The big losers are the Arab citizens of Israel, who have once again been reminded that their elected representatives care far more about non-Israeli Palestinians than they care about them.

    The uproar surrounding a recent meeting held by three Israeli Arab Members of Knesset (parliament) with families of Palestinians who carried out attacks against Israelis is not only about the betrayal of their country, Israel. It is also about the betrayal of their own constituents: the 1.5 million Arab citizens of Israel.

    Knesset members Haneen Zoabi, Basel Ghattas and Jamal Zahalka managed to accomplish several things at once with this controversial meeting. They certainly seem to have provoked the ire of many Jewish Israelis. Perhaps they violated the oath they made when they were sworn into parliament: "I pledge to bear allegiance to the State of Israel and faithfully to discharge my mandate in the Knesset."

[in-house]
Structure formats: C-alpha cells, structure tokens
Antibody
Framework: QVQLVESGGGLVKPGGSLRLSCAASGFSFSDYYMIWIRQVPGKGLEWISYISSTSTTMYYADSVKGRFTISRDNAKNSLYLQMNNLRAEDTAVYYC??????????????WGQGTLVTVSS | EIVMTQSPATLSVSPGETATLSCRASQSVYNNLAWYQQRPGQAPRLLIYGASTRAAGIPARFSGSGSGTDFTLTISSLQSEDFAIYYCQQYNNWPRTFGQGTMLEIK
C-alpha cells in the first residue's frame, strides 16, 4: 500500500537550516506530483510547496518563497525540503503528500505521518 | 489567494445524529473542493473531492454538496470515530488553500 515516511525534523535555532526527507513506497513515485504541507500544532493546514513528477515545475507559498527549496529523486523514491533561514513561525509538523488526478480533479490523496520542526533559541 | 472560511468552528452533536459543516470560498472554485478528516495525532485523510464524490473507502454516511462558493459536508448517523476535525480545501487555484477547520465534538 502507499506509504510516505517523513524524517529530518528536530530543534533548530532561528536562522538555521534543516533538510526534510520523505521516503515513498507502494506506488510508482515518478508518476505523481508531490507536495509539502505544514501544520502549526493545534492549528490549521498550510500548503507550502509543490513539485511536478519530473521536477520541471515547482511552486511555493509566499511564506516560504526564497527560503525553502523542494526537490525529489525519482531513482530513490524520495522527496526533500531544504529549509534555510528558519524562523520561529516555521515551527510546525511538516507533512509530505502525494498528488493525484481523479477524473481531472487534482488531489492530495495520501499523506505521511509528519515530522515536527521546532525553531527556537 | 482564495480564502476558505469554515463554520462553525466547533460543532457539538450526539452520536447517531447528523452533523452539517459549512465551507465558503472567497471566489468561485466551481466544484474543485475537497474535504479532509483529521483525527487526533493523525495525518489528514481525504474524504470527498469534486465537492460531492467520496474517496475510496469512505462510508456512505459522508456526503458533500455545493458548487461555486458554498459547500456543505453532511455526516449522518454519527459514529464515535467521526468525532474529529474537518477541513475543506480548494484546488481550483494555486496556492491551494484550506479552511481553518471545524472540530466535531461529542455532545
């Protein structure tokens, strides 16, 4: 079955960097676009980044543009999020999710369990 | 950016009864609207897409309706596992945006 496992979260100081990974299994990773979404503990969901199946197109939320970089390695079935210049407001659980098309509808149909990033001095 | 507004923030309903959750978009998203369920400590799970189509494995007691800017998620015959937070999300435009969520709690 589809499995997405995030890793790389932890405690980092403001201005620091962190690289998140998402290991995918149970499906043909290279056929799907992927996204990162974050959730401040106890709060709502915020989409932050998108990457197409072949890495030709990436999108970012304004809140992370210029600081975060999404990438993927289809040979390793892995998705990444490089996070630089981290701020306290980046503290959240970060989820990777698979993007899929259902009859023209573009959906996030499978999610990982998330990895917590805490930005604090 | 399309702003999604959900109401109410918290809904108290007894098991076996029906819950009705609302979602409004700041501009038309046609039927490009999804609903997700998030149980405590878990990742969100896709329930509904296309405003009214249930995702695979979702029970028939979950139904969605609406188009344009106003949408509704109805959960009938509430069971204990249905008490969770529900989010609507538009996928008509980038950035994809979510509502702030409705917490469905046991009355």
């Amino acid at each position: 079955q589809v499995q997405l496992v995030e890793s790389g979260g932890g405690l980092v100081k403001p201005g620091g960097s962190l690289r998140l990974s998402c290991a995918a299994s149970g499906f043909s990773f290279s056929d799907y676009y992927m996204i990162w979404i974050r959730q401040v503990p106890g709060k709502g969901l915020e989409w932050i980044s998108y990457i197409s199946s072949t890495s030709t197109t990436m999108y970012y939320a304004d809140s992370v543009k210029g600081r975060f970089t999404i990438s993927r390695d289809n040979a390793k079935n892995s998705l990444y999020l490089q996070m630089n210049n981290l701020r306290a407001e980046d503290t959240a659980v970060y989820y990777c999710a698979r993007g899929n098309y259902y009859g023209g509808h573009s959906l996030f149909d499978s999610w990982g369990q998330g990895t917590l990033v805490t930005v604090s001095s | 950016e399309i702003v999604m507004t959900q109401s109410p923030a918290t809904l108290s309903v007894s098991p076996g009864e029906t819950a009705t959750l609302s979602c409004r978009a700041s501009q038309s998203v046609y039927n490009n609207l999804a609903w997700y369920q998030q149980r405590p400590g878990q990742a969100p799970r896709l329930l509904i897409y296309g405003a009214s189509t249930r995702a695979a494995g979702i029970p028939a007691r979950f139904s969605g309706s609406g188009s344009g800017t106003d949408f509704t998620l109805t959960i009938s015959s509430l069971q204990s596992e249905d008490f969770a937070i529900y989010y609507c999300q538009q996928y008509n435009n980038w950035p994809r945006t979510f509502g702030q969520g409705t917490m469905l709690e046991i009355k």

One thing, however, they have accomplished without question is acting against the interests of Israeli Arabs.

    Zoabi, Ghattas and Zahalka met with Palestinian families who are not Israeli citizens and do not vote for the Knesset. As such, none of these families voted for the three Knesset members or the Arab List party to which they belong. Of course, as part of a democratic government, any member of the Knesset is free to meet with any Palestinian from the West Bank, Gaza Strip or Jerusalem.

    It is worth noting that not all Arab Knesset members are involved in fiery rhetoric and provocative actions against Israel. However, there is good reason to believe that some Arab Knesset members deliberately engage in actions and rhetoric with the sole purpose of enraging not only the Israeli establishment, but also the Jewish public.

    This meeting was the latest in a series of actions by Arab Knesset members that have severely damaged relations between Jews and Arabs inside Israel. Such actions have one clear result: colossal injury to Arab citizens' efforts for full equality.